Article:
'Roisin Carolan' by Fran Miller
'Kirra' by Fran Miller
Is there any surf photography etiquette newbies should know?
Newbie surf photographers need to learn the laws of surfing and the ways of the ocean before anything else. Understanding the movements of surfers and the ocean allows you to be in better positions to capture your imagery, and as such, keeps you in favour with everyone in the water, whether they are surfers or other surf photographers. The basic etiquette of surf photography holds true on land as it does in water. Your level of intrusiveness when shooting should match how well you know your subject. If you are on good terms, a camera in the face can be acceptable. Otherwise, stay out of the surfer’s way!
Photograph by Ed Sloane
Was there a particular image that inspired you to become a surf photographer?
This is actually a really difficult question because I have been reading surf magazines since I was about 8 years old and have consequently seen thousands of images. In 1994 I was given a coffee table magazine celebrating the 25th anniversary of Rip Curl. Twenty three years later I still look through the pages of that magazine and am overcome with so many different emotions: the sense of discovery, freedom and action are all translated through the pages. I value it as one of my most treasured possessions. All of the images in that magazine inspire me to this day.
How do you find ‘non-traditional action’ shots?
All sorts of art have heavily influenced my photography—everything from abstract sketches to surrealist paintings, and I really enjoy looking at different types of sculpture. I feel like there should be no limits in what you create as a photographer. Sometimes it’s difficult to showcase an image that doesn’t fit the mould of what a surf photo is known to be. I have found myself saying, ‘bugger it!’ and doing it anyway. Photography is a personal journey as much as anything. I am translating my feelings and emotions into what I capture.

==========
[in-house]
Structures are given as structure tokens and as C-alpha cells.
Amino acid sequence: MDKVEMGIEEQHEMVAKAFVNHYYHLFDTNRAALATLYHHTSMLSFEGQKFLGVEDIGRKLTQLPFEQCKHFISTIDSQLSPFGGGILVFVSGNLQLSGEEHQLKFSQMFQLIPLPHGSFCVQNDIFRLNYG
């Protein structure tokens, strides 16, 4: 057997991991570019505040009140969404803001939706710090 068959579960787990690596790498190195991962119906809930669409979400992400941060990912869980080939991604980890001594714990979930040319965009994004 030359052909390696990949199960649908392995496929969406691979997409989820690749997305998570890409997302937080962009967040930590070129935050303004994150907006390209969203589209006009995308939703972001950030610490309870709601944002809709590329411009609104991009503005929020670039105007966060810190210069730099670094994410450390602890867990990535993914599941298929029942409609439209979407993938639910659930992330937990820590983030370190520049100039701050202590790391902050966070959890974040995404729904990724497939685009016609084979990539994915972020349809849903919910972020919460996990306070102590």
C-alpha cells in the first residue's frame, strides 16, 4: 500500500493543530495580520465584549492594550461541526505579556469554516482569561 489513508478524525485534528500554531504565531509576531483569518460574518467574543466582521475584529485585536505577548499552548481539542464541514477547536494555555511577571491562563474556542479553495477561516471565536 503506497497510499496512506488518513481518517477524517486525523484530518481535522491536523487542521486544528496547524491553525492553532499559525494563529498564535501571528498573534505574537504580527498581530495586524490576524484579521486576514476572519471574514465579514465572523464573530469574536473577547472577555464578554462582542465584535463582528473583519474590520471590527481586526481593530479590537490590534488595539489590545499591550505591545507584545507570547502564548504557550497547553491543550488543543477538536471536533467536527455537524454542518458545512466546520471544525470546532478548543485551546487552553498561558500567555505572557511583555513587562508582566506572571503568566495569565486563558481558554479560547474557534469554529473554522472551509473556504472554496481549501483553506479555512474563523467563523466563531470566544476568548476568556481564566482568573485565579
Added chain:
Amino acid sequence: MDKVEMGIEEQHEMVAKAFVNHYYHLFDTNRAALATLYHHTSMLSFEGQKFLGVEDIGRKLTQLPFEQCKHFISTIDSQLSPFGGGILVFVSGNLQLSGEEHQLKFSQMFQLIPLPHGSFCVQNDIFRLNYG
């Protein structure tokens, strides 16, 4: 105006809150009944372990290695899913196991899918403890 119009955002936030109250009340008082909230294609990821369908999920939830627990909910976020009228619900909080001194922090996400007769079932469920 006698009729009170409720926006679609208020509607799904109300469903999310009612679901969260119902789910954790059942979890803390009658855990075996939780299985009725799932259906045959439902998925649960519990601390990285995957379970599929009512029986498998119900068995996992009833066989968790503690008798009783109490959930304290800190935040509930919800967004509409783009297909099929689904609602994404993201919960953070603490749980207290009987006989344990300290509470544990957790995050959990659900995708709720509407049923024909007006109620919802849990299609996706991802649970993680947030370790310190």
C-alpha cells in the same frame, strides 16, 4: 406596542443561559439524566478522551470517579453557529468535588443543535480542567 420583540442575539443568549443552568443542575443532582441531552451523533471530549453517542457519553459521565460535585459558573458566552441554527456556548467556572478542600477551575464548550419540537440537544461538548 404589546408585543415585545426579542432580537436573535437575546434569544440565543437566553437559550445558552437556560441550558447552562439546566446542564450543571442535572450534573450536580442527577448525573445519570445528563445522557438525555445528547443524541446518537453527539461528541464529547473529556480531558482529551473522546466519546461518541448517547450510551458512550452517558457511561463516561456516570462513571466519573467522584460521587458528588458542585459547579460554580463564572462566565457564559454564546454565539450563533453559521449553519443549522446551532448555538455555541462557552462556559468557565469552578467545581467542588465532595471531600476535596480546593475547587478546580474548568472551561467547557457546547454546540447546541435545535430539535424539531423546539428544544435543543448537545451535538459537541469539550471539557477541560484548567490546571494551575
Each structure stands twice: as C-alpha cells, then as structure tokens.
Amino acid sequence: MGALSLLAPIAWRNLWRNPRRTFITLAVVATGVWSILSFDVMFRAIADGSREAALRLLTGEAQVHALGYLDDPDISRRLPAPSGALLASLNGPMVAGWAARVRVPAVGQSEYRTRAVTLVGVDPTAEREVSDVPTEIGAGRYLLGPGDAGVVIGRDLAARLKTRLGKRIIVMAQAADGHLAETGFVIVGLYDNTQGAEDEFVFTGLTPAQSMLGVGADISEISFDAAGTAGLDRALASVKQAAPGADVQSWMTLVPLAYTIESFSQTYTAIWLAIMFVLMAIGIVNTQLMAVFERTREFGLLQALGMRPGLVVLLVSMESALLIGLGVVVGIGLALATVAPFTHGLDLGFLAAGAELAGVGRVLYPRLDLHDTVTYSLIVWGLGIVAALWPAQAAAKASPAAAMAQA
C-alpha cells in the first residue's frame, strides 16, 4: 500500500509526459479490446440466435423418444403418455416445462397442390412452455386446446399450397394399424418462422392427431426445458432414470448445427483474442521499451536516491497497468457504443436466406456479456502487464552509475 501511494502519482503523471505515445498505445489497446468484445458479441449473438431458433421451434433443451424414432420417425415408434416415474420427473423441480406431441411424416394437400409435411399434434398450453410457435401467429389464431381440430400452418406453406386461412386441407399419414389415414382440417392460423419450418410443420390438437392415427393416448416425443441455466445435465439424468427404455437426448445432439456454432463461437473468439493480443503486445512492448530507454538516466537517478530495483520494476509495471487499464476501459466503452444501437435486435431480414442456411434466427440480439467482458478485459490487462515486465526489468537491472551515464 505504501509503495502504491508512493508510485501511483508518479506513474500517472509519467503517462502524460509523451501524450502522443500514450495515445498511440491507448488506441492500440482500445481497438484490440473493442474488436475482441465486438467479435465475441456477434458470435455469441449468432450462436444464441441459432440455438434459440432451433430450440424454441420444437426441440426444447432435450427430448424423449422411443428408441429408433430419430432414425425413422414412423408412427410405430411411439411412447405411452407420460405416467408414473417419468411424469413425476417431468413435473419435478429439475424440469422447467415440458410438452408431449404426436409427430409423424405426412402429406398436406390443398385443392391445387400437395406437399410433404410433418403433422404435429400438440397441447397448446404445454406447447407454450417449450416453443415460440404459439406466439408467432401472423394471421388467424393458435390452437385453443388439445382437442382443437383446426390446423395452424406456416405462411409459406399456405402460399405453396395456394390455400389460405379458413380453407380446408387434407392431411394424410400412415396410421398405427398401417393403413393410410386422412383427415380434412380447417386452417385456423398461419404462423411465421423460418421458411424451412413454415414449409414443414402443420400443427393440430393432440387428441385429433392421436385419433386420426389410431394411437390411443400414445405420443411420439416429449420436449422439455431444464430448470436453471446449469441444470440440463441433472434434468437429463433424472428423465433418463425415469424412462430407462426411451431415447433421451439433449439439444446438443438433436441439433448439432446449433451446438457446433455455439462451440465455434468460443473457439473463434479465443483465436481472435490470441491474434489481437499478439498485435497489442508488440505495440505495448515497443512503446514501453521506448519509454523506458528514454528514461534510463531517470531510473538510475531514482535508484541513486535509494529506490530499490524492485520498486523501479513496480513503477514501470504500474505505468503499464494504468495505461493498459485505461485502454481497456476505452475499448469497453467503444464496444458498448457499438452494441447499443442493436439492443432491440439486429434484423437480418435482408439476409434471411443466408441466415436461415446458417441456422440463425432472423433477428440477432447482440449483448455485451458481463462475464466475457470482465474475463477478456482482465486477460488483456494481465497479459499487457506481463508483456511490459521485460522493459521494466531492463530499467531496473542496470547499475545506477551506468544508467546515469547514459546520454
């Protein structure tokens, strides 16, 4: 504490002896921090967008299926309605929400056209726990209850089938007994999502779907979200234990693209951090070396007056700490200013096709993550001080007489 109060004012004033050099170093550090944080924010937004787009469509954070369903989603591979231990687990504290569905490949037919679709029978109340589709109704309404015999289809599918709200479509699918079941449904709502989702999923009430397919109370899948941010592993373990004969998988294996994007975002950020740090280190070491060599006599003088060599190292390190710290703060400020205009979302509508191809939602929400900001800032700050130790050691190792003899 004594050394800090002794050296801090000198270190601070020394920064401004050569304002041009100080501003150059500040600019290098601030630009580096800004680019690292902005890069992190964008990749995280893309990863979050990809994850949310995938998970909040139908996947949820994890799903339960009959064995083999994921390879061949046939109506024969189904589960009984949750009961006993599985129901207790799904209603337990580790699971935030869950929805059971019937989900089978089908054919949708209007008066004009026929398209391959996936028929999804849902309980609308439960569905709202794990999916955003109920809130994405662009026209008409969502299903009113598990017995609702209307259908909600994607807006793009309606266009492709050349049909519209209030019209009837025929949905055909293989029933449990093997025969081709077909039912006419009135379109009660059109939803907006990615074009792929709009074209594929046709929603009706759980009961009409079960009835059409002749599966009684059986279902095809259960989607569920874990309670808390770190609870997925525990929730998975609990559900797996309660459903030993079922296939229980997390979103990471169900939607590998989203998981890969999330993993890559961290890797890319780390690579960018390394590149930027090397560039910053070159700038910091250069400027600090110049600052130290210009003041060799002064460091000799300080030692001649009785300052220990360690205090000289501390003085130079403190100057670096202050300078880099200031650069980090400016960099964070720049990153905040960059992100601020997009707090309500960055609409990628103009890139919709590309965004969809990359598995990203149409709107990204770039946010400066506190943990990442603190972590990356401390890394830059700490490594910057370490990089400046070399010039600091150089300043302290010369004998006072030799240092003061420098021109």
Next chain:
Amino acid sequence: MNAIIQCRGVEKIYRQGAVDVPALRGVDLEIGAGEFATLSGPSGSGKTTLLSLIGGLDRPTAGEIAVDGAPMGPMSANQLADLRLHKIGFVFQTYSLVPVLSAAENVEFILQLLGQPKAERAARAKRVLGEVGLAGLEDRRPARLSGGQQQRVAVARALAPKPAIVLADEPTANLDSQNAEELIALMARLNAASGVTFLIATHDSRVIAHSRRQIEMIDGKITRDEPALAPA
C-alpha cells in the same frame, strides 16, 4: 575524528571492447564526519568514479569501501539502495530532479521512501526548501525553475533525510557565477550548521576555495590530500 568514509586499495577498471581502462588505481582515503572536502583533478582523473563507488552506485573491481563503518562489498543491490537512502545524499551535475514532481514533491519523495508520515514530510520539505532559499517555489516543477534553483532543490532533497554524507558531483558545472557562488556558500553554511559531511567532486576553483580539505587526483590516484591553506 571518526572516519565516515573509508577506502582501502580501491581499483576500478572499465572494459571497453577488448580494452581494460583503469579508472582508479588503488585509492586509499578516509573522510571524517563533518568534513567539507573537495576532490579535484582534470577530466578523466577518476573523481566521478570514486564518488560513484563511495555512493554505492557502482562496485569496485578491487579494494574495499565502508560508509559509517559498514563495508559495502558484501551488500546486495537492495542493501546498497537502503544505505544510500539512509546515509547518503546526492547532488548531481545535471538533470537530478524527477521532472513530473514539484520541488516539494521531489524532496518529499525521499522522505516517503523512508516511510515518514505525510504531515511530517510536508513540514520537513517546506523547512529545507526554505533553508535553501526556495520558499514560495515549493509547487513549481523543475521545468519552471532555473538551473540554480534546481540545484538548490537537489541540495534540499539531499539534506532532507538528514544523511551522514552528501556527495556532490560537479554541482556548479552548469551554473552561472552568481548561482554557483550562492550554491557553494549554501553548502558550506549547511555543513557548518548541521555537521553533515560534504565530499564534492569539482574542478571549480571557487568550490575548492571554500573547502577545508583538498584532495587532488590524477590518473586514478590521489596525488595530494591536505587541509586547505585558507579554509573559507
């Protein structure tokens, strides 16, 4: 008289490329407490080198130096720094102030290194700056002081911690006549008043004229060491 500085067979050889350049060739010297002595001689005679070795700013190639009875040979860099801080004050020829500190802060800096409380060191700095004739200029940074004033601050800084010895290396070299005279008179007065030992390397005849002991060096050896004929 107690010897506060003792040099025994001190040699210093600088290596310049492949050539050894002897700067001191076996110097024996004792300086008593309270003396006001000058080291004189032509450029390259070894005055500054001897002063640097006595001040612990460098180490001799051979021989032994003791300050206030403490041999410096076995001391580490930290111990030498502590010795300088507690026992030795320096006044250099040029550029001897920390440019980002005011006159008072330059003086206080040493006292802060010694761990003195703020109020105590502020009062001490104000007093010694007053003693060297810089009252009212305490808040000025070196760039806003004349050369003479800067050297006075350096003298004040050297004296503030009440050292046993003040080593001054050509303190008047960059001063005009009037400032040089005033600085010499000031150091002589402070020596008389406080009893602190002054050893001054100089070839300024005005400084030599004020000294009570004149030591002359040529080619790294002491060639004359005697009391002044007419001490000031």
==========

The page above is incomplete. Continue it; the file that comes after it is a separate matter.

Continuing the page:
'Kurt Fraser' by Fran Miller
Letting go of expectations and discovering new ways of conveying meaning is something I take pride in and actively seek to do.
Photograph by Fran Miller
Of all the images I have taken, ‘Serena’ (2015) is my favourite. It is subtle and delicate, yet completely overwhelming. It is hanging in private collections in Paris and New York.
'Serena' by Fran Miller
How can an aspiring surf photographer get started in the industry?
I cannot stress enough how important it is to understand surfing and the ocean first and foremost. To be at one with the fluidity of a surfer’s movement and the movements of the ocean is of paramount importance. This is what allows you to fundamentally capture captivating images.
'Pipeline' by Fran Miller
Regarding the surfing industry, there is no difference between the surf industry and any other. You have to work hard shooting every day. I have had the privilege of shooting world famous surfers, but I also shoot everyday people out in the water because in the end you are giving back to the whole of surfing, not just the ‘cool’ part.
'Sunset' by Fran Miller
Secondly, it is really important to connect to people, whether they are surfers or surf magazine editors. Reach out to people. Give more than you take. If you work hard enough for long enough, your break will come!
Photograph by Ed Sloane